In the eve of Judiciary holiday recess, Supreme Court Justice Marco Aurélio Mello granted an injunction that could have allowed the release of former president Luiz Inácio Lula da Silva from jail. But the Workers' Party holiday joy was short-lived.
A few hours later, Supreme Court president, Justice Dias Toffoli, suspended Mello's decision and killed any chances of Lula, who is serving time in Curitiba since April, regaining his freedom, at least until the end of the year.
Earlier in the day, around 2 pm, Justice Mello unexpectedly lifted a previous Supreme Court decision that mandated that defendants found guilty in their second appeal should be arrested and wait for the rest of their appeals behind bars.
That is Lula's case. Mello's decision would also allow over a hundred thousand other defendants who are already serving time in the same circumstances.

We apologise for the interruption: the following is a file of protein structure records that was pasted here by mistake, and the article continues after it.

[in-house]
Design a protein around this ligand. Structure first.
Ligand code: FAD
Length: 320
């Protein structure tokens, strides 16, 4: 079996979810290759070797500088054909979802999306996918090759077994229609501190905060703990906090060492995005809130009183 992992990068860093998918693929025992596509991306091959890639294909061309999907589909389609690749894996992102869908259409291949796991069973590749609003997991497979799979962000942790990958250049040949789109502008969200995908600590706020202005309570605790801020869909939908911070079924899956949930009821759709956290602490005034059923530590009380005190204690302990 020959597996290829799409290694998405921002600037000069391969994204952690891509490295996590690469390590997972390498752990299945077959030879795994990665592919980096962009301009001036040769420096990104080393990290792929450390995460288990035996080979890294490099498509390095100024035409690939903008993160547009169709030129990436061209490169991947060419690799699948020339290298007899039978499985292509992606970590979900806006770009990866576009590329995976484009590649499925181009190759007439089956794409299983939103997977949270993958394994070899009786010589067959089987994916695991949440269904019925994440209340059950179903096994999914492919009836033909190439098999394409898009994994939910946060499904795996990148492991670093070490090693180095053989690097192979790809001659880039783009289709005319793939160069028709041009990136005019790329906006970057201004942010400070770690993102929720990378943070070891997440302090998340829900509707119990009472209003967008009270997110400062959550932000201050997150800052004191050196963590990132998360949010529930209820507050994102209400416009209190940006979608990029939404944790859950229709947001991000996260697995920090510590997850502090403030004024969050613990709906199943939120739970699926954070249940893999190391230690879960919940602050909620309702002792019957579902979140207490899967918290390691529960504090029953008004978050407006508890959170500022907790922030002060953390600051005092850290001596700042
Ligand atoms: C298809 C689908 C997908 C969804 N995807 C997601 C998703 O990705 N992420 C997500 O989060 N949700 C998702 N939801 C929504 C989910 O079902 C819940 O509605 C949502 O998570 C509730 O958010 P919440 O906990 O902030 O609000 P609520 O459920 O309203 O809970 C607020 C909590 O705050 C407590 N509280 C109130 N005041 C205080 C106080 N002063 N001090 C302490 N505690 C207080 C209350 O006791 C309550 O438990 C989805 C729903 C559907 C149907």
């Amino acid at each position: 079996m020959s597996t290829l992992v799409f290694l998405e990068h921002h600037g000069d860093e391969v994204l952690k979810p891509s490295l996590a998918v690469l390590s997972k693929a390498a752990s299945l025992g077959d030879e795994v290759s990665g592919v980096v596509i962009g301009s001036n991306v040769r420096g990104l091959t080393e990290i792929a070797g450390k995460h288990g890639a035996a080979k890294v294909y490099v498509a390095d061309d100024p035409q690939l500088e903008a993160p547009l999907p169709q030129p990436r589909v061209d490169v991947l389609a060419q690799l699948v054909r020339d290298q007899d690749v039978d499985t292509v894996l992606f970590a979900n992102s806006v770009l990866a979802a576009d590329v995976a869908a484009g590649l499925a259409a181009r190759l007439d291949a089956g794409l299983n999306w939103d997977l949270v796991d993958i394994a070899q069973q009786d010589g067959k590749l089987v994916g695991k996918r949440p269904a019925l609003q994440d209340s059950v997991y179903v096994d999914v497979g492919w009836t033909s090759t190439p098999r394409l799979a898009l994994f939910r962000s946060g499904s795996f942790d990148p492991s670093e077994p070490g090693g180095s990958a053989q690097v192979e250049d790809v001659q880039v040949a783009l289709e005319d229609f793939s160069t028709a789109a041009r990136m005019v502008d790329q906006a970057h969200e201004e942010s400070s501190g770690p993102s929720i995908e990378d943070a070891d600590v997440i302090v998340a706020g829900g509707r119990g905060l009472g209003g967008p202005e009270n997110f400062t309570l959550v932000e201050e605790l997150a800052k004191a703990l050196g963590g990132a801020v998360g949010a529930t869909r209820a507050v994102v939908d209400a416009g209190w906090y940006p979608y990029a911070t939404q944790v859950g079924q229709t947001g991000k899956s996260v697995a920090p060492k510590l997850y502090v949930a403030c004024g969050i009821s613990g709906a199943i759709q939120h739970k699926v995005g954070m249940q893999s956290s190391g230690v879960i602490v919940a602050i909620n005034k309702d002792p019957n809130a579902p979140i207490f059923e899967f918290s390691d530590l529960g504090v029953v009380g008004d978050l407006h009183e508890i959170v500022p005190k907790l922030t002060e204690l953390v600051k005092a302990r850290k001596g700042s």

But around 8 pm, Justice Toffoli reversed Mello's lift, arguing that a previous plenary session had already ruled in favor of arrests after the second appeal and the decision was not to be challenged.
Earlier this week, Toffoli had already determined that another Supreme Court plenary session will be scheduled for April 2019 so the justices could debate the matter once more.
Mello said he was sorry that his injunction was short-lived. "The self-consumption is a dreadful thing for our institution," he said to Folha.
His decision would have impacted Lula and other politicians serving time for corruption, like Minas Gerais former governor Eduardo Azeredo (PSDB) and former Workers' Party Delúbio Soares.
In total, up to 169,500 people convicted in their second round of appeals, for all kinds of crimes, would also have benefited.
Mello granted the injunction as a response from a lawsuit from the Communist Party of Brazil (PC do B). The party's lawsuit demands that the Supreme Court to reconcile the article 283 of Brazil's Penal Code, which allows sentencing only after no more appeals are possible, and the Brazilian Constitution.
Translated by NATASHA MADOV